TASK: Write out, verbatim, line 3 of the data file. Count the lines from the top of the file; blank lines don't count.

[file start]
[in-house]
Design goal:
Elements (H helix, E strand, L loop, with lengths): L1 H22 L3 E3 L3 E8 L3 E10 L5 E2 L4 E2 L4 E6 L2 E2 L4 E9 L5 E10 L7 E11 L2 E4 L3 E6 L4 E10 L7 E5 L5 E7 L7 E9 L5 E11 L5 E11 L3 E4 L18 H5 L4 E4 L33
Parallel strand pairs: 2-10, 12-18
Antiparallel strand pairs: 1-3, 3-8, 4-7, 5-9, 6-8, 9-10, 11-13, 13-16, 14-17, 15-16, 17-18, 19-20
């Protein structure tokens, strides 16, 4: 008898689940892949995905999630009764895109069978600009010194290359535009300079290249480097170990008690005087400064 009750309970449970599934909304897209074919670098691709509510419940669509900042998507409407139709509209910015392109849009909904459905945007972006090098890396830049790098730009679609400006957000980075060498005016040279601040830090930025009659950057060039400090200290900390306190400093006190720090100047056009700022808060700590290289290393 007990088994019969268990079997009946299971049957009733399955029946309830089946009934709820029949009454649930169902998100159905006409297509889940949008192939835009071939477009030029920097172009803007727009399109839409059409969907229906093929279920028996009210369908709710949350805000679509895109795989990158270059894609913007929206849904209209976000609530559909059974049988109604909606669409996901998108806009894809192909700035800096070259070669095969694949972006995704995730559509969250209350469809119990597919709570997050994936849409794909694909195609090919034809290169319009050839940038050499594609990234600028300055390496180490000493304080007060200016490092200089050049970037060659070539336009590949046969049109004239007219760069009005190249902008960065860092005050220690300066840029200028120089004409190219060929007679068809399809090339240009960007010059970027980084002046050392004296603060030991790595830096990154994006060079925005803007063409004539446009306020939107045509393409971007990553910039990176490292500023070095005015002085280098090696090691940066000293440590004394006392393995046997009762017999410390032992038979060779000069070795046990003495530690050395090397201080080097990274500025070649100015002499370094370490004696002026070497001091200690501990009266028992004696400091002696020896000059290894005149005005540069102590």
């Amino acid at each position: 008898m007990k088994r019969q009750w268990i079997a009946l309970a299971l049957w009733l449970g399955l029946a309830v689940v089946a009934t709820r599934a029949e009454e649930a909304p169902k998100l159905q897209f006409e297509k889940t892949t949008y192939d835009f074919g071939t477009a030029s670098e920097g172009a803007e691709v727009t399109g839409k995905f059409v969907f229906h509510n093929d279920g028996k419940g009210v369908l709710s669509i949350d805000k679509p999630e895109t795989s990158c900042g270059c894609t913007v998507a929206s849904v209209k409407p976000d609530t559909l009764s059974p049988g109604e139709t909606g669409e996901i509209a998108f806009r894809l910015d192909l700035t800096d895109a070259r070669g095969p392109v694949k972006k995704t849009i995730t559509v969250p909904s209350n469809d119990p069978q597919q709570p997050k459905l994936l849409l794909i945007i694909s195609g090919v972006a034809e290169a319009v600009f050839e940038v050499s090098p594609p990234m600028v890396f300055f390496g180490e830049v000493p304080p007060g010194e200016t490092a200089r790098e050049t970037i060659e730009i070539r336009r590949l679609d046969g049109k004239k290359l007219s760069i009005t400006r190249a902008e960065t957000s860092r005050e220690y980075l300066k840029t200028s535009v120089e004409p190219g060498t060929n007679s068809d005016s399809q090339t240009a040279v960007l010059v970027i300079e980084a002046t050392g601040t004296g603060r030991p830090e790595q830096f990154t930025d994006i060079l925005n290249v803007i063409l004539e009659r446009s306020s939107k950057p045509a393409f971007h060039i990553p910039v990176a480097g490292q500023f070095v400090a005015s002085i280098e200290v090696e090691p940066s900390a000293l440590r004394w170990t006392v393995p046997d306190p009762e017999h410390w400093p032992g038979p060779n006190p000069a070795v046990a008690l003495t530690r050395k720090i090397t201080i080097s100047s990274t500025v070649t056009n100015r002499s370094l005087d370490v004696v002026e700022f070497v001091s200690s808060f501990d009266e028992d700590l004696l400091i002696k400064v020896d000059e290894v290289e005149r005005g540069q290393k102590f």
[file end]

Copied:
Elements (H helix, E strand, L loop, with lengths): L1 H22 L3 E3 L3 E8 L3 E10 L5 E2 L4 E2 L4 E6 L2 E2 L4 E9 L5 E10 L7 E11 L2 E4 L3 E6 L4 E10 L7 E5 L5 E7 L7 E9 L5 E11 L5 E11 L3 E4 L18 H5 L4 E4 L33